Legal Information: North Carolina

Divorce

Updated: 
November 27, 2017

What are the basic steps for filing for divorce in North Carolina?

The following steps are meant to be a guide in the divorce process but you should talk to a lawyer to get specific advice for your situation:

  • You must meet the residency requirements of NC, which means that one spouse has lived in NC for at least six months prior to the filing.
  • You and your spouse must have been living separately for one year (assuming you are not filing under the insanity ground).
  • After you and your spouse have been separated for at least one year, you or your lawyer file a divorce complaint and summons with the clerk of court in the county of your residence.
  • The divorce complaint and summons must then be served (delivered) to your spouse,* either by the sheriff or by certified mail.**
  • If your spouse disagrees with anything in the divorce papers, then s/he will have the opportunity to file papers telling his/her side.  This is called “contesting the divorce.” If s/he contests it, then you will have a series of court appearances to sort the issues out. If your spouse agrees with everything, then s/he could sign the papers and send them back to you and the court.  If your spouse agrees with everything and signs the papers, this is called an “uncontested divorce.”  Also, if a certain period of time passes and your spouse does not sign the papers or file any papers of his/her own, you may be able to proceed with the divorce as an uncontested divorce anyway.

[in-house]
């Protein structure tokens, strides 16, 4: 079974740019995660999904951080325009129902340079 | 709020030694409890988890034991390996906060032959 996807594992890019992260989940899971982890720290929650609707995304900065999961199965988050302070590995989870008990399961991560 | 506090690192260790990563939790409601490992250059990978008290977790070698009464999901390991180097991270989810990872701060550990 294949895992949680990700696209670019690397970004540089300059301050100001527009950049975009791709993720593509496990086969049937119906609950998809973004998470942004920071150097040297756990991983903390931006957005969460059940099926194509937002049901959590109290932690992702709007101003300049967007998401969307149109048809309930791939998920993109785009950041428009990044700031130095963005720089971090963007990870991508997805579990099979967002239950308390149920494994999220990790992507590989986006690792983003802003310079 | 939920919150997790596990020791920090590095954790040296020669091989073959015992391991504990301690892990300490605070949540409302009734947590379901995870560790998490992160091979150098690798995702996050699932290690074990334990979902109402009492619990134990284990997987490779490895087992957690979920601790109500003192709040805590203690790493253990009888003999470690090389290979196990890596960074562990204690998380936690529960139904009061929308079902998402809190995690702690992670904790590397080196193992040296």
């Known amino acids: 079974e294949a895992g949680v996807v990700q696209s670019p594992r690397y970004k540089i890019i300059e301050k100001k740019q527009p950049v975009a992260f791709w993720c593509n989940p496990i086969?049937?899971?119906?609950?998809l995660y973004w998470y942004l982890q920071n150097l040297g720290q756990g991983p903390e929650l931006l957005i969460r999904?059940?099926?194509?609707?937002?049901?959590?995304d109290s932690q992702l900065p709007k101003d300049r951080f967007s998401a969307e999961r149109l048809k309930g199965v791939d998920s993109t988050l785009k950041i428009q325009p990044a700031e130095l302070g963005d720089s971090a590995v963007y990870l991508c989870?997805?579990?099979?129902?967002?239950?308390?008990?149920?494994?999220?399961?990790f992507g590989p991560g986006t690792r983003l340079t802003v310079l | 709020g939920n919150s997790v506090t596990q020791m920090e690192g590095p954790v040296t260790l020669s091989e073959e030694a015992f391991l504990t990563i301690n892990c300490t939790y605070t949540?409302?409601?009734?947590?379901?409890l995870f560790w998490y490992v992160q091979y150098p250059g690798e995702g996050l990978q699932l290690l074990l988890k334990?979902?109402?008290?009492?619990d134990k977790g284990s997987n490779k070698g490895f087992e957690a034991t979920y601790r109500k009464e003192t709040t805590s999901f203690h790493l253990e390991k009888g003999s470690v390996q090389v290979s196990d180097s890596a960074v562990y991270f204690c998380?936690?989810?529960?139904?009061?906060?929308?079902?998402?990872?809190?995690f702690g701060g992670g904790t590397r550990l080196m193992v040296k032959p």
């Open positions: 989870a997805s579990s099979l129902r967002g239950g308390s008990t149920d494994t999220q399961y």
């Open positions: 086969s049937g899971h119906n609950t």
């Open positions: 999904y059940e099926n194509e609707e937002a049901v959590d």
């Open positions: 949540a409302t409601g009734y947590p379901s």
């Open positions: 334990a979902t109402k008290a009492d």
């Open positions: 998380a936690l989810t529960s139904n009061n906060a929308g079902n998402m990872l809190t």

• Afterwards, you will have a hearing in front of a judge.  The judge has to enter a judgment declaring you divorced and a divorce decree would be issued, which is file-stamped by the clerk.

The divorce is only one part of the process. It is just the judicial order that ends your marriage.  The complexity of a divorce case arises in deciding other issues such as child custody, child support, division of property, and alimony.  (But you must file a claim and preserve your right to property BEFORE a divorce is granted).  These issues are resolved either through negotiation between you and your spouse (separation agreement) or through a court process.

* NCGS § 50-8
** NCGS 1A § 4(j)(1)